Meet Warsan Shire, the Poet Whose Words Are All Over Beyoncé's LEMONADE

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Beyonce is a big fan of shine theory, the if-you-shine-I-shine ideology that involves propping up other women, instead of seeing them as competition. In 2013, Nigerian writer Chimamanda Ngozi Achicie experienced a stratospheric rise to fame, thanks to a portion of her TED talk on feminism being sampled in Beyoncé's "Flawless." Adichie was already well-known in many lit circles, but, almost overnight, millions of people were chanting her words and carrying around copies of Americanah.

With the release of LEMONADE, Beyoncé continued this theme of spotlighting emerging artists by reciting poetry by Somali-British poet Warsan Shire as connective tissue between her songs throughout the visual album. Shire's name might be new to you, but she's been making waves within the poetry scene and all over social media for quite some time. At the age of 27, she's already been awarded the U.K.'s Brunel University prize for African Poetry and become London's first Young Poet Laureate and Queensland, Australia's poet-in-residence. A full-length collection is in the works, but, until then, there are two chapbooks available, Teaching My Mother How To Give Birth and Her Blue Body. You can buy them here and here.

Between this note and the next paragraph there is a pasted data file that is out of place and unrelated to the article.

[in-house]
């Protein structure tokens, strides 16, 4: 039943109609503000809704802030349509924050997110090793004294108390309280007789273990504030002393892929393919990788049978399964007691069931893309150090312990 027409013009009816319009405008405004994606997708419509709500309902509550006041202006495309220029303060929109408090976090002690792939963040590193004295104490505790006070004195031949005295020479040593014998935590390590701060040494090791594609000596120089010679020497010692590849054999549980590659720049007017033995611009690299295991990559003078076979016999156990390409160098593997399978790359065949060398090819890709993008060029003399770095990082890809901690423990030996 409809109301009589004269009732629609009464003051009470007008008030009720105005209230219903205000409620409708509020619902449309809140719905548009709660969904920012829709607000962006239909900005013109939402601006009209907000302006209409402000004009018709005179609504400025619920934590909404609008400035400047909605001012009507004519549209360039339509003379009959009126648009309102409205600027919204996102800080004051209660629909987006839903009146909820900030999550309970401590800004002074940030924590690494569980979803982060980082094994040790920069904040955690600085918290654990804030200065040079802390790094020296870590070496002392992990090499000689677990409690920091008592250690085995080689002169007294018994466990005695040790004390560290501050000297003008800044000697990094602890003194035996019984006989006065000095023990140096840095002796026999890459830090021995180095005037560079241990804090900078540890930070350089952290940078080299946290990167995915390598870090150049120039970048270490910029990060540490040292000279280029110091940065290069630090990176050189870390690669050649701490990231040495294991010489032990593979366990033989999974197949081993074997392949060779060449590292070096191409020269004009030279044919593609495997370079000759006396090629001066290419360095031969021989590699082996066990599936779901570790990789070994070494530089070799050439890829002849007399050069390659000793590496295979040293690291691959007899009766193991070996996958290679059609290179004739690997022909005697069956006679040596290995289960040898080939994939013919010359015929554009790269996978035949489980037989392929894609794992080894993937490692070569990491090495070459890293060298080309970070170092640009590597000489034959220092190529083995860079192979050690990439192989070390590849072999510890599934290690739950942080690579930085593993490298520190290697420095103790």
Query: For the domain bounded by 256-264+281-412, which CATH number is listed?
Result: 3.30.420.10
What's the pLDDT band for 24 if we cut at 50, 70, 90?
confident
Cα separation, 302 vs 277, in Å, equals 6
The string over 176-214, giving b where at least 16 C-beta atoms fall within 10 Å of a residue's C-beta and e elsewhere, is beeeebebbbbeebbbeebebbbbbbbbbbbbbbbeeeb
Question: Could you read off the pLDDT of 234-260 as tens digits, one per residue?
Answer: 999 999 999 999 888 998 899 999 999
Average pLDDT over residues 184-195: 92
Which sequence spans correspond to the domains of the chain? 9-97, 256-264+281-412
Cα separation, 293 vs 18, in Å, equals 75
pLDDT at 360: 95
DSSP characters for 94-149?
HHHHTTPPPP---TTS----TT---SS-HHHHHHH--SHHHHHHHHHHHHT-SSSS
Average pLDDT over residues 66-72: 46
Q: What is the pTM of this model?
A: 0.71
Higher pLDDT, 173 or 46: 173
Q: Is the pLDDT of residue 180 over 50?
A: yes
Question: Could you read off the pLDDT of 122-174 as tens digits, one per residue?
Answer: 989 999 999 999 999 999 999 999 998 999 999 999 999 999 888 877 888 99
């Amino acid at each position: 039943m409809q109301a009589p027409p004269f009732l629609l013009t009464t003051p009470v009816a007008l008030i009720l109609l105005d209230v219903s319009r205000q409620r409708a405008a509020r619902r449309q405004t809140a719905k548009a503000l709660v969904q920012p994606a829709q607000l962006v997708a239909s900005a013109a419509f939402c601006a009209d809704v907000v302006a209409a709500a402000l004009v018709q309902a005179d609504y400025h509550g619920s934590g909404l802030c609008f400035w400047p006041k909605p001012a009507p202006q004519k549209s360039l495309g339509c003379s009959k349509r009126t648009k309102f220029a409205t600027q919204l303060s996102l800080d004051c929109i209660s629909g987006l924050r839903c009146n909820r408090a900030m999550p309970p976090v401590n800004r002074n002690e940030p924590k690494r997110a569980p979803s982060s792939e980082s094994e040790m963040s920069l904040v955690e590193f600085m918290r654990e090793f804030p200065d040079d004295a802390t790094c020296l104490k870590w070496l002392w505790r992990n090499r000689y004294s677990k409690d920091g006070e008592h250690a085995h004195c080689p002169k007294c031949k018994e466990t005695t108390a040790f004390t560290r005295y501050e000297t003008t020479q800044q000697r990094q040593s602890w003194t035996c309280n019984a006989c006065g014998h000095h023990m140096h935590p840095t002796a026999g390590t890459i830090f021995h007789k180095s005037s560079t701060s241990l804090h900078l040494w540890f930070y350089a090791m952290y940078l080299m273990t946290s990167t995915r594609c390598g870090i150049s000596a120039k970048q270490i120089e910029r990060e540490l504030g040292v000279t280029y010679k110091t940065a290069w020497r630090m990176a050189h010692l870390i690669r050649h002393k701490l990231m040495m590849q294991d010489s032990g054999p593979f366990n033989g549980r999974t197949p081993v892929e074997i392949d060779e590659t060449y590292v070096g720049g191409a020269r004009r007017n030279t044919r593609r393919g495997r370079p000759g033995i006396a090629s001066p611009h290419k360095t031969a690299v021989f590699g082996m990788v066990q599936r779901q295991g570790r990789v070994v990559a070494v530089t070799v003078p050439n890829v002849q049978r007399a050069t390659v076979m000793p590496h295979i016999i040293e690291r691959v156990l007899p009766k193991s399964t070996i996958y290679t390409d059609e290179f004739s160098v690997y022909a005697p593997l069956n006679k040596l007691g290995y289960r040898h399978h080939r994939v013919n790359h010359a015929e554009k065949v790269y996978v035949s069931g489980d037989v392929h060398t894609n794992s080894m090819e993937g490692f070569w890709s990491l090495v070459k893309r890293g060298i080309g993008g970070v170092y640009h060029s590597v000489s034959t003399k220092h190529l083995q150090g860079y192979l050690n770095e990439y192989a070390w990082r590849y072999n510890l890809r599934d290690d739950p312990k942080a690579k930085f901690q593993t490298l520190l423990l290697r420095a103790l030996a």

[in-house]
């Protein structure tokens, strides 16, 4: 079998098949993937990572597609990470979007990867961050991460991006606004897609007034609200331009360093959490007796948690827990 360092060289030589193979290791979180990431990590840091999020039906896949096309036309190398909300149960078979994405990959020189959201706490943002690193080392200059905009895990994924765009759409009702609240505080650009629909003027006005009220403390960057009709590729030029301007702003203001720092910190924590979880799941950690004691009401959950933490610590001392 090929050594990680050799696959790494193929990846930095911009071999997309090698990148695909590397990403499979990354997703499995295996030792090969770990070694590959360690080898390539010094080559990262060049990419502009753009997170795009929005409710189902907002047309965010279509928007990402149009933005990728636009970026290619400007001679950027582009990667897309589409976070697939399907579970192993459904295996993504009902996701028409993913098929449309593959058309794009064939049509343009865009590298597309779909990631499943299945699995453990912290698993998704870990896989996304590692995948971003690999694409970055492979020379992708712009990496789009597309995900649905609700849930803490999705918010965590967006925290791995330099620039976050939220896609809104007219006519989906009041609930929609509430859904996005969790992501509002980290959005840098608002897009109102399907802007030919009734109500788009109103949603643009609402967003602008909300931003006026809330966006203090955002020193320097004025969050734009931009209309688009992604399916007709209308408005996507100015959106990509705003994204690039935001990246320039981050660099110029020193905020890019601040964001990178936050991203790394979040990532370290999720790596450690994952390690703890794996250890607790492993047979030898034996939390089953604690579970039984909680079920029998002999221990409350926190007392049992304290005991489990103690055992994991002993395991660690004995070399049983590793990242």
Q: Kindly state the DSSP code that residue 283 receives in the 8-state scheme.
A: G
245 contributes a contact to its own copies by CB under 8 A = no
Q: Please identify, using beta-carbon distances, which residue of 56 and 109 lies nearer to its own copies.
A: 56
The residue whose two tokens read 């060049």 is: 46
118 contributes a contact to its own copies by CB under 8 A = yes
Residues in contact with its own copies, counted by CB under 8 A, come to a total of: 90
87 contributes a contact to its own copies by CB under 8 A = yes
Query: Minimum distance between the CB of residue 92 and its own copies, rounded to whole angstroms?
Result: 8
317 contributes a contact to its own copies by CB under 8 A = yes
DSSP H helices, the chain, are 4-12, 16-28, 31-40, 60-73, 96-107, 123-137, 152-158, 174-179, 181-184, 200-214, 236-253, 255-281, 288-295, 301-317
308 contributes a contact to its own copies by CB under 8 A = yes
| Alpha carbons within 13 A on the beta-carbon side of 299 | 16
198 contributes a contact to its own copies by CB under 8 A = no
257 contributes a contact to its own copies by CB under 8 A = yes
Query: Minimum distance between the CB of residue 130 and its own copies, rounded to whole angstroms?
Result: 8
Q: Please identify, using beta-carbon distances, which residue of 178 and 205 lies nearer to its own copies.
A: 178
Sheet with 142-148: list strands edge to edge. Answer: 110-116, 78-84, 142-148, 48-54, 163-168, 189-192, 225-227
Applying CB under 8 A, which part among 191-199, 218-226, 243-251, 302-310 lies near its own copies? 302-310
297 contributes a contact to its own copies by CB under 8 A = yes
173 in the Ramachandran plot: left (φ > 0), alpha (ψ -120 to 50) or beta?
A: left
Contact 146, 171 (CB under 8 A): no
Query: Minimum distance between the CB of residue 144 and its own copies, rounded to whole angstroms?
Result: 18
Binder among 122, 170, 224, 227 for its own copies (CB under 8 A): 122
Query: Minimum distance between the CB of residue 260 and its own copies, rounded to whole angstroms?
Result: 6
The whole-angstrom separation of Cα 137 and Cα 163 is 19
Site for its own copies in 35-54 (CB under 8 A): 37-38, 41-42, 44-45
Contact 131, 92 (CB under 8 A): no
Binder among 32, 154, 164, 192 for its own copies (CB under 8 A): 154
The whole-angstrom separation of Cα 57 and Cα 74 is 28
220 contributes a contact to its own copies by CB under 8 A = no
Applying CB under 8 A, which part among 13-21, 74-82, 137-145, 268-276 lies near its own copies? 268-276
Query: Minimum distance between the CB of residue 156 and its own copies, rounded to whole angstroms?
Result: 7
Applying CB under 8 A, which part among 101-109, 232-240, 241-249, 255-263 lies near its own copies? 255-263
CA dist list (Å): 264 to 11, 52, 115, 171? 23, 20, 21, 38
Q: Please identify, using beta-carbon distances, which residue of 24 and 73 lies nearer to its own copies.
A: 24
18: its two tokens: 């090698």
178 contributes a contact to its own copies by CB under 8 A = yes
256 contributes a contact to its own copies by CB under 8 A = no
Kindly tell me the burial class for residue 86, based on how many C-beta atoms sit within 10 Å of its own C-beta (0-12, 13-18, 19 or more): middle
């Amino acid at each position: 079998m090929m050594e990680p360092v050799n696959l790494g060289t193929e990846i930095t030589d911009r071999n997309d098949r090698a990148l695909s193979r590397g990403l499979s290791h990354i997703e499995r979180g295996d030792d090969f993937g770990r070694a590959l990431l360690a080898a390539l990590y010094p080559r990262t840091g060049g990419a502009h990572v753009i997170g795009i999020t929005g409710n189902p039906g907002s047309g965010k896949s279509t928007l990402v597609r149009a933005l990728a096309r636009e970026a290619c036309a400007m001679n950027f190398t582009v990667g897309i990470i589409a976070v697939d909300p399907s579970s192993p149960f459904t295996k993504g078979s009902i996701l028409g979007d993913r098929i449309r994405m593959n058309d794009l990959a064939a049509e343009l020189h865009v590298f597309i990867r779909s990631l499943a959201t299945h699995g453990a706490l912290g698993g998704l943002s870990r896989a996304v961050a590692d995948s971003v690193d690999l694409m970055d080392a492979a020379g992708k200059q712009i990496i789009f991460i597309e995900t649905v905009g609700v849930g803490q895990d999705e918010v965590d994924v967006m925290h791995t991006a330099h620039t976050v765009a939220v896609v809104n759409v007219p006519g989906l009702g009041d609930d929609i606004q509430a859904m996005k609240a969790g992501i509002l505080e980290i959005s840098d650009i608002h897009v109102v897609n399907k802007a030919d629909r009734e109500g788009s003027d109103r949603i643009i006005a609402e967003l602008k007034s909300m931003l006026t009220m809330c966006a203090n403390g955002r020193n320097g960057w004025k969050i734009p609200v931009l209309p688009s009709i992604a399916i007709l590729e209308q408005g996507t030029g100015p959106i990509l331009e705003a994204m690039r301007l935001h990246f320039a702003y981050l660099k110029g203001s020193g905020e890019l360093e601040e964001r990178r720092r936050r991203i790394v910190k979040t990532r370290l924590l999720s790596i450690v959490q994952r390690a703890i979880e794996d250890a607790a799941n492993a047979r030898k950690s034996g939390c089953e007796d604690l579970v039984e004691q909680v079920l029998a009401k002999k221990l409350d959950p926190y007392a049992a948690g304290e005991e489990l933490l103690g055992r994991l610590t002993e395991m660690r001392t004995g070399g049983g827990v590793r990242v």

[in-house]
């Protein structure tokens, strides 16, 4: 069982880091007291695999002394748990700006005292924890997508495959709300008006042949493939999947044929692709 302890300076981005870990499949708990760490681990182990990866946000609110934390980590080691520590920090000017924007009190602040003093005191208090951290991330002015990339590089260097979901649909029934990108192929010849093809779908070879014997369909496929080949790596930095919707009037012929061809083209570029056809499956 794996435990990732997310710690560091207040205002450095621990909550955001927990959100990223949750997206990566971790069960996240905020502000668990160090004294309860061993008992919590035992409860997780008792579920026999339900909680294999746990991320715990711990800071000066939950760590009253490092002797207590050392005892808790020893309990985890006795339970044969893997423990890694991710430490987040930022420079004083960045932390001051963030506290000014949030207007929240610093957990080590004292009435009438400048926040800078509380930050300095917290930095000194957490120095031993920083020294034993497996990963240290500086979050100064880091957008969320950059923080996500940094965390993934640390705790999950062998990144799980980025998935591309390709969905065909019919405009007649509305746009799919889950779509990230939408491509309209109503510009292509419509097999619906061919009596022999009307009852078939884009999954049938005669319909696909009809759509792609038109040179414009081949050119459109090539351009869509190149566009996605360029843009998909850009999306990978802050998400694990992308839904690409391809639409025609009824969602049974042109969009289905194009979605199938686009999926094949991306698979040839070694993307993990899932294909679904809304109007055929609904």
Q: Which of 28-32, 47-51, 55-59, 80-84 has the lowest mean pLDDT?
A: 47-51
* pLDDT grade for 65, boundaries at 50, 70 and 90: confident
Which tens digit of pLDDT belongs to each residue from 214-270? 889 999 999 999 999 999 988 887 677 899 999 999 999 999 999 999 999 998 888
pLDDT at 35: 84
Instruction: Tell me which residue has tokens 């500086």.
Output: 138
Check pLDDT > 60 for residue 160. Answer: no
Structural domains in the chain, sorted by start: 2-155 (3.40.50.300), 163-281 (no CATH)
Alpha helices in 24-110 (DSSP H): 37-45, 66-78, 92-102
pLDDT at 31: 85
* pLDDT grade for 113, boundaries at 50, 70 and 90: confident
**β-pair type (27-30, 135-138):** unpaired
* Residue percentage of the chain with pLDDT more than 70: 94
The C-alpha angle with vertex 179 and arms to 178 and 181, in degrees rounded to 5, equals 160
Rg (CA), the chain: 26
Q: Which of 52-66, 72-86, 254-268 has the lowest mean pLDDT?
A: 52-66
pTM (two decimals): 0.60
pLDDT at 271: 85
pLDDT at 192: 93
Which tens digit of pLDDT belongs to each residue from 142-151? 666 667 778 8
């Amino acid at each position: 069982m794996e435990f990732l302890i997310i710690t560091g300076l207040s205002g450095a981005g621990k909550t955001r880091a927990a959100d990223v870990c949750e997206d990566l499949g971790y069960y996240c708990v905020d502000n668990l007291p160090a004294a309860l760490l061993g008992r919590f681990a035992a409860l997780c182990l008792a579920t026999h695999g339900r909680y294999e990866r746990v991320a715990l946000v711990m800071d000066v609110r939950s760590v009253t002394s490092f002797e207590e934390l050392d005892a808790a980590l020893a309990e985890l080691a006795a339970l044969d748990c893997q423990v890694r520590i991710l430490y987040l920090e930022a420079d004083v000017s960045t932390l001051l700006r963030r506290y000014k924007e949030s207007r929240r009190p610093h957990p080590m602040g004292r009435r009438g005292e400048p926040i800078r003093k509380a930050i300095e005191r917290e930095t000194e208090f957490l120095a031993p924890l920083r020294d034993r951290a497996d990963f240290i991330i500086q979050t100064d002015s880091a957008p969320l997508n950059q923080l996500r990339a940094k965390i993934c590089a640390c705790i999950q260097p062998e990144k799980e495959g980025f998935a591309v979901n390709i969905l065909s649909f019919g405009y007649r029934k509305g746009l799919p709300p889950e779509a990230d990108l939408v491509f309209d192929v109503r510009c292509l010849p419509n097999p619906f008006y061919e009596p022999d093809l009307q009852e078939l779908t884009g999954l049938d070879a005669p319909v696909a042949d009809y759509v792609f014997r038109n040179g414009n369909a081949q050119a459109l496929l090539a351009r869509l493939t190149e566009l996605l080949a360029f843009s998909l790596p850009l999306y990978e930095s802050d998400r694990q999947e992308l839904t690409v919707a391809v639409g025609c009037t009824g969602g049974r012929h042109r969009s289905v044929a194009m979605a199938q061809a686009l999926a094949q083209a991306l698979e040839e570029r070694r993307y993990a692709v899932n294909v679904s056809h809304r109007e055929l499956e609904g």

A poem called "For Women Who Are Difficult To Love” is quoted heavily within LEMONADE. Watch a short film Shire produced around the poem:


And this New Yorker profile, which explains how Shire manages to "write movingly about African migration to Europe and also tweet humorously about the VH1 reality show Love & Hip-Hop: Atlanta,” is a must-read:

And they say poetry is dead.